Thursday, April 22, 2010

The rules must be respected

Ryanair's u-turn on its threat to ignore EU rules on compensating passengers doesn't come as much surprise. However high its planes may fly, the company is not above the law.

However, it's likely that this will prove to be the opening salvo in an attempt by airlines to challenge passengers' legal rights.

Of course the recent events were unprecedented and it may be that there are lessons to learn. But we mustn't throw the baby out with the bathwater.

The European rules give people the confidence that they aren't going to find themselves racking up huge costs because an airline has cancelled their flight. They will have brought some level of comfort to the people stranded over the last week and have already helped hundreds of thousands of passengers across the EU.

1 comment:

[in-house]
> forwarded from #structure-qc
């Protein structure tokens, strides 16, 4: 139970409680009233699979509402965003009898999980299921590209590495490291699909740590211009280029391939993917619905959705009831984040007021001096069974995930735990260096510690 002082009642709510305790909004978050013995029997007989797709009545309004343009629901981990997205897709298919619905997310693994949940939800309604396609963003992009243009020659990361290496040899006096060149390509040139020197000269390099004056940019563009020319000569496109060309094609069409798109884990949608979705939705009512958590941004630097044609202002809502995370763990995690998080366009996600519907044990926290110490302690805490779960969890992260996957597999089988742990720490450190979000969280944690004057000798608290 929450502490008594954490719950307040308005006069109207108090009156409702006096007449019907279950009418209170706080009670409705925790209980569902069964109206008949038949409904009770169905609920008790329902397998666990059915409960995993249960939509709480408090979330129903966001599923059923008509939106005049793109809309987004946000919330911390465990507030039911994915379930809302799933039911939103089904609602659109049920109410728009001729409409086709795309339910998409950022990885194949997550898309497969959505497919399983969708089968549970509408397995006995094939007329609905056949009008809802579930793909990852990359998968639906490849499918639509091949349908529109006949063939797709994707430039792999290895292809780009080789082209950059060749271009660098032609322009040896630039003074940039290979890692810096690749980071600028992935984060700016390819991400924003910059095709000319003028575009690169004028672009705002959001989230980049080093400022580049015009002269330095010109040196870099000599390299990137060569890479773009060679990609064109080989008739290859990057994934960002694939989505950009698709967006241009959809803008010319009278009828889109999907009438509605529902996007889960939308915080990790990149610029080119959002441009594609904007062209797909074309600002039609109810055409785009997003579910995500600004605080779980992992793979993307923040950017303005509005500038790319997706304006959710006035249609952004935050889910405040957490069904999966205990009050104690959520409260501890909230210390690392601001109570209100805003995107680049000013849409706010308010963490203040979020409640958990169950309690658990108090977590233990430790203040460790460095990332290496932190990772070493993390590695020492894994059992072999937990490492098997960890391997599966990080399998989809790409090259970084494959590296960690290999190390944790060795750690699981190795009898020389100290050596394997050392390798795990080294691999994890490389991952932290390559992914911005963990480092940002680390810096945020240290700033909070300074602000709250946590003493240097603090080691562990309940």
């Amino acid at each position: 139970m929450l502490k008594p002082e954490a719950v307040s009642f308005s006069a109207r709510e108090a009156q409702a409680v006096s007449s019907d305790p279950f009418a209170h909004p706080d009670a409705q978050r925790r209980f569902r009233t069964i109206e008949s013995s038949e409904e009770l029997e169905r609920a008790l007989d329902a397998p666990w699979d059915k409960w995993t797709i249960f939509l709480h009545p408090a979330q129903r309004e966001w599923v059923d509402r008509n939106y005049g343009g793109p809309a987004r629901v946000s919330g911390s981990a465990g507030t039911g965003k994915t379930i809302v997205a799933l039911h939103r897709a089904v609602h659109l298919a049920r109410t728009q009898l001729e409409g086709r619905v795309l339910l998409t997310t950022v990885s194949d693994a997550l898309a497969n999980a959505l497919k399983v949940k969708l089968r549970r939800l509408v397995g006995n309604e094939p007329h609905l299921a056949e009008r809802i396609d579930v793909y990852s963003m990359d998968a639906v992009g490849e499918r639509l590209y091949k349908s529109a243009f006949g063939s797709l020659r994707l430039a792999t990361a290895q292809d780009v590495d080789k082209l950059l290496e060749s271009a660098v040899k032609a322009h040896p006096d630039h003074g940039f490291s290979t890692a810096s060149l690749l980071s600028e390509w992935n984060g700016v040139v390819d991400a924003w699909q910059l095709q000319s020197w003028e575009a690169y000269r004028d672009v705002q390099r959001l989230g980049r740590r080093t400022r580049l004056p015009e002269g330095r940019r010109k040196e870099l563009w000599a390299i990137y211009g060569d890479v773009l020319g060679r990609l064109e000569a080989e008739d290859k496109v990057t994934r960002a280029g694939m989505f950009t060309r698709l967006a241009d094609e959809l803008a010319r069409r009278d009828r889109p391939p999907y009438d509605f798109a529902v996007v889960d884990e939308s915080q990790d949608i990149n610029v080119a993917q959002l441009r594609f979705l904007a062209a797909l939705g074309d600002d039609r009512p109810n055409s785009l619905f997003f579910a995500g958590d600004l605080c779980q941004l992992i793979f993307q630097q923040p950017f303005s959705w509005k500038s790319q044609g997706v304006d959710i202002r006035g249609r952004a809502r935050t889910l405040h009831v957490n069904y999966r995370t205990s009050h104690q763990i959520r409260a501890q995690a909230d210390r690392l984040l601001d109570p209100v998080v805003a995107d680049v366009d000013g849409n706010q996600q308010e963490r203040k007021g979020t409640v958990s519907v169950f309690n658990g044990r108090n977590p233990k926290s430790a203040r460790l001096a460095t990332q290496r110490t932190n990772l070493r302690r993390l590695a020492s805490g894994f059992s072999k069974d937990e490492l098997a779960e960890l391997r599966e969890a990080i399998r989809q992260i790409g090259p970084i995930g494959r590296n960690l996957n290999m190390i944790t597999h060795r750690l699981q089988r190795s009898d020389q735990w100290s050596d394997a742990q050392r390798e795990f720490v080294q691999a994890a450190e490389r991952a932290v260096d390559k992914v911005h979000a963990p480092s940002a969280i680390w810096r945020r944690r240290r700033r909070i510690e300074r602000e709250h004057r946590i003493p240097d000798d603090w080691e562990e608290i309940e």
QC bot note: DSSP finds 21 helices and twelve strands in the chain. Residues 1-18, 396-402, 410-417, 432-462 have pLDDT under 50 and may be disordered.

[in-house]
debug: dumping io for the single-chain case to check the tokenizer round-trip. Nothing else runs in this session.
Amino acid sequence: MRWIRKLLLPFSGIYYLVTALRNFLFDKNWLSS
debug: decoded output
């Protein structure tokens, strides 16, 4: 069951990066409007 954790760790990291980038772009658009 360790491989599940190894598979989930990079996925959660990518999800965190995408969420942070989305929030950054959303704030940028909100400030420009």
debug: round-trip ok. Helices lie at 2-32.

1. Why should the airlines have to pay, it's grossly unfair. They can't get insurance against volcanic eruptions, but yet they have to compensate any passengers stranded by the ash crisis. It's like having a burglar crashes your car after stealing it, and you having to pay for a taxi to take him to where he was going. Yes it's awful people are stranded in Spain because of natural occurrences, but the fact that they are natural should make them faultless. But what the EU is doing is like blaming the airlines. Michael O' Leary has a valid argument why not to pay, the law isn't always right. The law should be obeyed when right, and challenged when wrong, and this is wrong. The problem with the EU is it tries to meddle too much, people in Ireland quiet like driving in mph rather than not having a clue how fast they are going, people in England should have the choice weather they buy a pound or a KG of bananas.